Your unique signature strengths 

According to Peterson and Seligman, every individual possesses all 24 strengths but to a different degree, and three to seven of these character strengths are more pronounced in each person. These are called signature strengths. These are the characteristics that make us who we are.  Signature strengths are the characteristics and qualities that are essential to who you are and define you as a person. These are the qualities that matter to you personally, that your friends and your romantic partner typically like about you most, and that your future employer may ask you to highlight during a job interview.

Signature strengths — the characteristics that are most pronounced in you — have three things in common. They are:

  • Essential:  The character strengths that are most pronounced in you will feel essential to who you are as a person.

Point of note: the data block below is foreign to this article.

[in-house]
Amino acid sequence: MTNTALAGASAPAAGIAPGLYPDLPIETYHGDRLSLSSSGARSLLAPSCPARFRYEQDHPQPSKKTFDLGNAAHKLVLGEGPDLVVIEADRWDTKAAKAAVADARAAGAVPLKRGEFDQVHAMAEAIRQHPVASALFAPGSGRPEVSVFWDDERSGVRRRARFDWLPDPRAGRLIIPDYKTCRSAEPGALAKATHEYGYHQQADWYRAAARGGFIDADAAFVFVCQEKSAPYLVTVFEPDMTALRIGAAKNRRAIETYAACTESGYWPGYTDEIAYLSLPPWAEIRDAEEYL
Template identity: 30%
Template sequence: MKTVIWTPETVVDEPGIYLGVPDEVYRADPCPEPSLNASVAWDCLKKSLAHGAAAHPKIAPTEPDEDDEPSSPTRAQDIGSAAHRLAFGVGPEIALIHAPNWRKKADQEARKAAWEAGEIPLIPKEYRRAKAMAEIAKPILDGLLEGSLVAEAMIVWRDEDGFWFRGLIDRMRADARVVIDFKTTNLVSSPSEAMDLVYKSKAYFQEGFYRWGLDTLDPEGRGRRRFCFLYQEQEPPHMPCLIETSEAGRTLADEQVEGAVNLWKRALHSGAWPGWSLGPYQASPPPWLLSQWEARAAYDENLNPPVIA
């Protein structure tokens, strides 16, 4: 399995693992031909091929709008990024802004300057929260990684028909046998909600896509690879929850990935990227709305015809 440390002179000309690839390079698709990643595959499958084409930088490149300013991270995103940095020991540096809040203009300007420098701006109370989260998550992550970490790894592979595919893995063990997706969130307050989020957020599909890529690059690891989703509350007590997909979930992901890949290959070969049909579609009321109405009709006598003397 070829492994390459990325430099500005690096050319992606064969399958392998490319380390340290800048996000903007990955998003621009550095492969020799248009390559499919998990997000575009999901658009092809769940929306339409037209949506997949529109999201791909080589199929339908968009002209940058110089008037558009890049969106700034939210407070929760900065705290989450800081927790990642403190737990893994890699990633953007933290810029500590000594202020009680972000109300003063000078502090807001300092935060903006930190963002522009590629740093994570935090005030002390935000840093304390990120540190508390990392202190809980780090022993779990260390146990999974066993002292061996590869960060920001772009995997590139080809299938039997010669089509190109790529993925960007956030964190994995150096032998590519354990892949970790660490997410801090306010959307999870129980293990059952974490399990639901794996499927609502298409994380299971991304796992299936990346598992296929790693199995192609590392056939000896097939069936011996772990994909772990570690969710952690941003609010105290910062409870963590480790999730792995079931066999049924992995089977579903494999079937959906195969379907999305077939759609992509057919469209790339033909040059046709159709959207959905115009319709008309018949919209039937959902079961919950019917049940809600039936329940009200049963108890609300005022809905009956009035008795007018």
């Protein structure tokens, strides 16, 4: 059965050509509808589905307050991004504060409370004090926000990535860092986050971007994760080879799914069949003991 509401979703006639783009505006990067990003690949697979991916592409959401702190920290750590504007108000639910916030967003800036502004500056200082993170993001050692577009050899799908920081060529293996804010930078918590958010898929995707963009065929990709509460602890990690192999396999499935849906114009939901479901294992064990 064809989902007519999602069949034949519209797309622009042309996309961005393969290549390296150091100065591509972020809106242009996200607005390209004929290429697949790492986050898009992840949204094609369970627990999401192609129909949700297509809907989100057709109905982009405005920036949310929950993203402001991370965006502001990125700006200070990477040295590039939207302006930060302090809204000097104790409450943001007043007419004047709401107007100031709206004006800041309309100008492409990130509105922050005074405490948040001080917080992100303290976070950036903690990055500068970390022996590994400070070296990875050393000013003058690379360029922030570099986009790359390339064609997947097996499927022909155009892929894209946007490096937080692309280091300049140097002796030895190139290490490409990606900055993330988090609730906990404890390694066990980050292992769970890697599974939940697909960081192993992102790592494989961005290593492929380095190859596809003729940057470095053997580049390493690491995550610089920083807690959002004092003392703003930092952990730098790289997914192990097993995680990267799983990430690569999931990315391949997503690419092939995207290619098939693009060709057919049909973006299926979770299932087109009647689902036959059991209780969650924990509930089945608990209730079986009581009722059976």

• Effortless:  When you put one of your character strengths into action (e.g., doing something creative, standing up for others, taking on a leadership role), it will feel natural and effortless.
  • Energizing: When you put one of your character strengths into action, doing so will uplift you, leave you feeling happy, and leave you feeling ready to take on more.

Discover your character strengths

Character strengths are assessed through the VIA Survey of Character Strengths, which can be completed in less than 10 minutes. Although you are required to register, there is a free version of the survey. People generally report that they find out something new about themselves. After you have completed the survey, download our worksheet to help you get started on activity your signature, character strengths. 

Putting your signature strengths into action. 

The benefit from character strengths comes from participating in activities that allow you to utilize your signature strengths. If one of your signature strengths is justice, that means participating in activities (at work, in your community) that will promote fairness. If your signature strength is creativity or curiosity, that means participating in activities that will allow you to explore and try out new things. And if your signature strength is one of appreciation of beauty or excellence, that means finding an activity that allows you to experience beauty or excellence.